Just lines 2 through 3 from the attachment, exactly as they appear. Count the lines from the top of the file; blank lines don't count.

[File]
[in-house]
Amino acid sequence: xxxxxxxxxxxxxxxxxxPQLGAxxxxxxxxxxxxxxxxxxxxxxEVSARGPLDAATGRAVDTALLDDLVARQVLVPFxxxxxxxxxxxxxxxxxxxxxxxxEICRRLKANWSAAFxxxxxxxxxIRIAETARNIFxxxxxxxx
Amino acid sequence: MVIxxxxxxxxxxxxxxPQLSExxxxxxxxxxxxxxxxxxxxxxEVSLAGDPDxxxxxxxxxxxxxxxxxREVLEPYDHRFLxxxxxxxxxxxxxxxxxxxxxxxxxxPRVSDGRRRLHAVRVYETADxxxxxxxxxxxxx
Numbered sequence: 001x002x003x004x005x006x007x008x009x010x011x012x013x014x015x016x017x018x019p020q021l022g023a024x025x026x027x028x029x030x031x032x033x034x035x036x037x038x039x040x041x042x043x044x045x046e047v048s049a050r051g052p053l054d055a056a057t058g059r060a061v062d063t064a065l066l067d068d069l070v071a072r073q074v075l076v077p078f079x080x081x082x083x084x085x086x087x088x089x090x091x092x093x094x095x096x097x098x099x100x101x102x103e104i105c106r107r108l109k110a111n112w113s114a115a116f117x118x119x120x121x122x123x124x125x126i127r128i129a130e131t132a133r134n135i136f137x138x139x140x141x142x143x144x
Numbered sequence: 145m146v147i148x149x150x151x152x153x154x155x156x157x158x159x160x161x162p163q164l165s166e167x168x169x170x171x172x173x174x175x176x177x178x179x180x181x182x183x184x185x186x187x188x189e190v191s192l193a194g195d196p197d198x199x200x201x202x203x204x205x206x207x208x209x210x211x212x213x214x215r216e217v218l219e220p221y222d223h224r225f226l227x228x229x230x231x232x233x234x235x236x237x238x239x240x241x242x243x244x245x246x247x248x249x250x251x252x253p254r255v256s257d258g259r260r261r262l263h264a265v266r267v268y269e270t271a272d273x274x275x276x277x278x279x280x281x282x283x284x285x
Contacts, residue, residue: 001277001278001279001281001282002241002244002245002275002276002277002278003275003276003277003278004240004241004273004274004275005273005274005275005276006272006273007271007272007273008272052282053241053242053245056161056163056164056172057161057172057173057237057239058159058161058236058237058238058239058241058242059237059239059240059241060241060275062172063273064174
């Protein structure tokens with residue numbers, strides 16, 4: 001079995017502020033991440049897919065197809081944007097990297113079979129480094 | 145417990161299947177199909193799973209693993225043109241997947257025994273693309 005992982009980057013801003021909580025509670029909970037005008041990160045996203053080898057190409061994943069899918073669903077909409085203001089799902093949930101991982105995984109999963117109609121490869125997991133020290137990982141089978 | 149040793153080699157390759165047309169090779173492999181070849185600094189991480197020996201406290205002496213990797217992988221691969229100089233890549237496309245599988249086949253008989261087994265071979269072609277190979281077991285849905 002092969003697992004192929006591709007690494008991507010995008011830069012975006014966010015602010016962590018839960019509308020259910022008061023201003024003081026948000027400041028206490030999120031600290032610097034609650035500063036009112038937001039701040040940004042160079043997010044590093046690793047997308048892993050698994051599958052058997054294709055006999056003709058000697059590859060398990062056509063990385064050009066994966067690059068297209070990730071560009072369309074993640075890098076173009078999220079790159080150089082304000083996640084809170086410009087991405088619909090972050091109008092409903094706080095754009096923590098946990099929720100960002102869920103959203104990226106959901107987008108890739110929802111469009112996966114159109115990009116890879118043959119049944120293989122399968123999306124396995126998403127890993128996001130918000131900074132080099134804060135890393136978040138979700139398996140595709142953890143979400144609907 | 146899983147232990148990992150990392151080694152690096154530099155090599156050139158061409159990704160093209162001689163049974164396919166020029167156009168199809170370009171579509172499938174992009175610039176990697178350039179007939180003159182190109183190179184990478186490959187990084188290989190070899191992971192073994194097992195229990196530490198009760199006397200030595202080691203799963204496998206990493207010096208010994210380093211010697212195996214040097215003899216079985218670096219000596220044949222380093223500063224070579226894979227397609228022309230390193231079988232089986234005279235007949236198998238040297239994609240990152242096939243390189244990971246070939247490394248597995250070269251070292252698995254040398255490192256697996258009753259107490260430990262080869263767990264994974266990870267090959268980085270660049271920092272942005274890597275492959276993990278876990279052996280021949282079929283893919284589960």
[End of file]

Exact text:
Amino acid sequence: xxxxxxxxxxxxxxxxxxPQLGAxxxxxxxxxxxxxxxxxxxxxxEVSARGPLDAATGRAVDTALLDDLVARQVLVPFxxxxxxxxxxxxxxxxxxxxxxxxEICRRLKANWSAAFxxxxxxxxxIRIAETARNIFxxxxxxxx
Amino acid sequence: MVIxxxxxxxxxxxxxxPQLSExxxxxxxxxxxxxxxxxxxxxxEVSLAGDPDxxxxxxxxxxxxxxxxxREVLEPYDHRFLxxxxxxxxxxxxxxxxxxxxxxxxxxPRVSDGRRRLHAVRVYETADxxxxxxxxxxxxx